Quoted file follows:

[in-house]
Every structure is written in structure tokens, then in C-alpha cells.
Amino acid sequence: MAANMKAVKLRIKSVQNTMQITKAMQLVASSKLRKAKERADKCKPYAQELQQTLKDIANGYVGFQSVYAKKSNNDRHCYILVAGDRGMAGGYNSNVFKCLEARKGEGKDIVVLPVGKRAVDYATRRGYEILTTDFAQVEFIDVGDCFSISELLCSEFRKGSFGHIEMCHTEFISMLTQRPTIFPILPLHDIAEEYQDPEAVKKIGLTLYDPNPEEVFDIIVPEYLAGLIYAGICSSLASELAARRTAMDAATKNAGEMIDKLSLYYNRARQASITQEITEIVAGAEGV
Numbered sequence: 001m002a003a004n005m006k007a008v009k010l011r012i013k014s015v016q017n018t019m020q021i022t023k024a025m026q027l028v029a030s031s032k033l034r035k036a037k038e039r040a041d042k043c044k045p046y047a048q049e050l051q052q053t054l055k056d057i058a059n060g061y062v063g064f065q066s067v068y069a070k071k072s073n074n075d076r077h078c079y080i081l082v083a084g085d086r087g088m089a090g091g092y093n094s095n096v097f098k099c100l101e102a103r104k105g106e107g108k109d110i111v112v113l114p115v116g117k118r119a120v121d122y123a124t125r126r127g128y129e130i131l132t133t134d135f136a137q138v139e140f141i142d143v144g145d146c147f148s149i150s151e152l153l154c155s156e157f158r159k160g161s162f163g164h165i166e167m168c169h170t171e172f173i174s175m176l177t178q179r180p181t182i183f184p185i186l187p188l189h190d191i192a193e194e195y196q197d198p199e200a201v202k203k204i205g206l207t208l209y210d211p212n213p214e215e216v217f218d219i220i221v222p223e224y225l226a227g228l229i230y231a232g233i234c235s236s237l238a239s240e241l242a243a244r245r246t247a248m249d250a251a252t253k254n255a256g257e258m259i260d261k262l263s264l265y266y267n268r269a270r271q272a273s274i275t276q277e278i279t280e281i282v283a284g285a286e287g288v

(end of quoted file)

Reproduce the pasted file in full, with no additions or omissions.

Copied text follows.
[in-house]
Every structure is written in structure tokens, then in C-alpha cells.
Amino acid sequence: MAANMKAVKLRIKSVQNTMQITKAMQLVASSKLRKAKERADKCKPYAQELQQTLKDIANGYVGFQSVYAKKSNNDRHCYILVAGDRGMAGGYNSNVFKCLEARKGEGKDIVVLPVGKRAVDYATRRGYEILTTDFAQVEFIDVGDCFSISELLCSEFRKGSFGHIEMCHTEFISMLTQRPTIFPILPLHDIAEEYQDPEAVKKIGLTLYDPNPEEVFDIIVPEYLAGLIYAGICSSLASELAARRTAMDAATKNAGEMIDKLSLYYNRARQASITQEITEIVAGAEGV
Numbered sequence: 001m002a003a004n005m006k007a008v009k010l011r012i013k014s015v016q017n018t019m020q021i022t023k024a025m026q027l028v029a030s031s032k033l034r035k036a037k038e039r040a041d042k043c044k045p046y047a048q049e050l051q052q053t054l055k056d057i058a059n060g061y062v063g064f065q066s067v068y069a070k071k072s073n074n075d076r077h078c079y080i081l082v083a084g085d086r087g088m089a090g091g092y093n094s095n096v097f098k099c100l101e102a103r104k105g106e107g108k109d110i111v112v113l114p115v116g117k118r119a120v121d122y123a124t125r126r127g128y129e130i131l132t133t134d135f136a137q138v139e140f141i142d143v144g145d146c147f148s149i150s151e152l153l154c155s156e157f158r159k160g161s162f163g164h165i166e167m168c169h170t171e172f173i174s175m176l177t178q179r180p181t182i183f184p185i186l187p188l189h190d191i192a193e194e195y196q197d198p199e200a201v202k203k204i205g206l207t208l209y210d211p212n213p214e215e216v217f218d219i220i221v222p223e224y225l226a227g228l229i230y231a232g233i234c235s236s237l238a239s240e241l242a243a244r245r246t247a248m249d250a251a252t253k254n255a256g257e258m259i260d261k262l263s264l265y266y267n268r269a270r271q272a273s274i275t276q277e278i279t280e281i282v283a284g285a286e287g288v